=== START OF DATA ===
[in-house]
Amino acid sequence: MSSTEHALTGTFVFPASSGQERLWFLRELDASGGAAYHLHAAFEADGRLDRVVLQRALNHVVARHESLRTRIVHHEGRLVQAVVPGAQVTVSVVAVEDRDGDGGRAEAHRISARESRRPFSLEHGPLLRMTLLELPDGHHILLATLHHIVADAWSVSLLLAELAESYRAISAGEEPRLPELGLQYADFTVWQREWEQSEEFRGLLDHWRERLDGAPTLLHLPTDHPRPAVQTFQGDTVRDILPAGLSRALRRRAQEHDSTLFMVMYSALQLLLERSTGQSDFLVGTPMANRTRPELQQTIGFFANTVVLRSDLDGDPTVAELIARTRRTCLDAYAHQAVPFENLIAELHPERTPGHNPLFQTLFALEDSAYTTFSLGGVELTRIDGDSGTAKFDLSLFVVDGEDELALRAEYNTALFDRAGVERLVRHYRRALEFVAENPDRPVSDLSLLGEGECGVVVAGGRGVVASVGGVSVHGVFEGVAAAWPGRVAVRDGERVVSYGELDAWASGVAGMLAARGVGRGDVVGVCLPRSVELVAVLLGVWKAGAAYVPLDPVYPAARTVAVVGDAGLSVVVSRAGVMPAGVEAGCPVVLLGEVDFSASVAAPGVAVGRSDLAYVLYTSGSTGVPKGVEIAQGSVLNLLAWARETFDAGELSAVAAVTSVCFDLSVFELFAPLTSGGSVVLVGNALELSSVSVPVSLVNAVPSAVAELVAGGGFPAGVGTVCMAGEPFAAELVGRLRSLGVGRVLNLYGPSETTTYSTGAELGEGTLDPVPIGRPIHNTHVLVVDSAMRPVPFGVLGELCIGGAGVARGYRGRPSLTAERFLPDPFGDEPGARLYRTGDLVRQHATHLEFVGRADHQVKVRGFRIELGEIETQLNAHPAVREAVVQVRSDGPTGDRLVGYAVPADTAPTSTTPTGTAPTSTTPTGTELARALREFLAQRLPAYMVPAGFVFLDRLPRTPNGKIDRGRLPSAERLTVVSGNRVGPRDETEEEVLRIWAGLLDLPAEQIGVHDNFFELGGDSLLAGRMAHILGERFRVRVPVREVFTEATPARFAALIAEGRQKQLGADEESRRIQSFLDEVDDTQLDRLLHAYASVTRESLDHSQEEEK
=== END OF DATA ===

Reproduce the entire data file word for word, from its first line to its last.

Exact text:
[in-house]
Amino acid sequence: MSSTEHALTGTFVFPASSGQERLWFLRELDASGGAAYHLHAAFEADGRLDRVVLQRALNHVVARHESLRTRIVHHEGRLVQAVVPGAQVTVSVVAVEDRDGDGGRAEAHRISARESRRPFSLEHGPLLRMTLLELPDGHHILLATLHHIVADAWSVSLLLAELAESYRAISAGEEPRLPELGLQYADFTVWQREWEQSEEFRGLLDHWRERLDGAPTLLHLPTDHPRPAVQTFQGDTVRDILPAGLSRALRRRAQEHDSTLFMVMYSALQLLLERSTGQSDFLVGTPMANRTRPELQQTIGFFANTVVLRSDLDGDPTVAELIARTRRTCLDAYAHQAVPFENLIAELHPERTPGHNPLFQTLFALEDSAYTTFSLGGVELTRIDGDSGTAKFDLSLFVVDGEDELALRAEYNTALFDRAGVERLVRHYRRALEFVAENPDRPVSDLSLLGEGECGVVVAGGRGVVASVGGVSVHGVFEGVAAAWPGRVAVRDGERVVSYGELDAWASGVAGMLAARGVGRGDVVGVCLPRSVELVAVLLGVWKAGAAYVPLDPVYPAARTVAVVGDAGLSVVVSRAGVMPAGVEAGCPVVLLGEVDFSASVAAPGVAVGRSDLAYVLYTSGSTGVPKGVEIAQGSVLNLLAWARETFDAGELSAVAAVTSVCFDLSVFELFAPLTSGGSVVLVGNALELSSVSVPVSLVNAVPSAVAELVAGGGFPAGVGTVCMAGEPFAAELVGRLRSLGVGRVLNLYGPSETTTYSTGAELGEGTLDPVPIGRPIHNTHVLVVDSAMRPVPFGVLGELCIGGAGVARGYRGRPSLTAERFLPDPFGDEPGARLYRTGDLVRQHATHLEFVGRADHQVKVRGFRIELGEIETQLNAHPAVREAVVQVRSDGPTGDRLVGYAVPADTAPTSTTPTGTAPTSTTPTGTELARALREFLAQRLPAYMVPAGFVFLDRLPRTPNGKIDRGRLPSAERLTVVSGNRVGPRDETEEEVLRIWAGLLDLPAEQIGVHDNFFELGGDSLLAGRMAHILGERFRVRVPVREVFTEATPARFAALIAEGRQKQLGADEESRRIQSFLDEVDDTQLDRLLHAYASVTRESLDHSQEEEK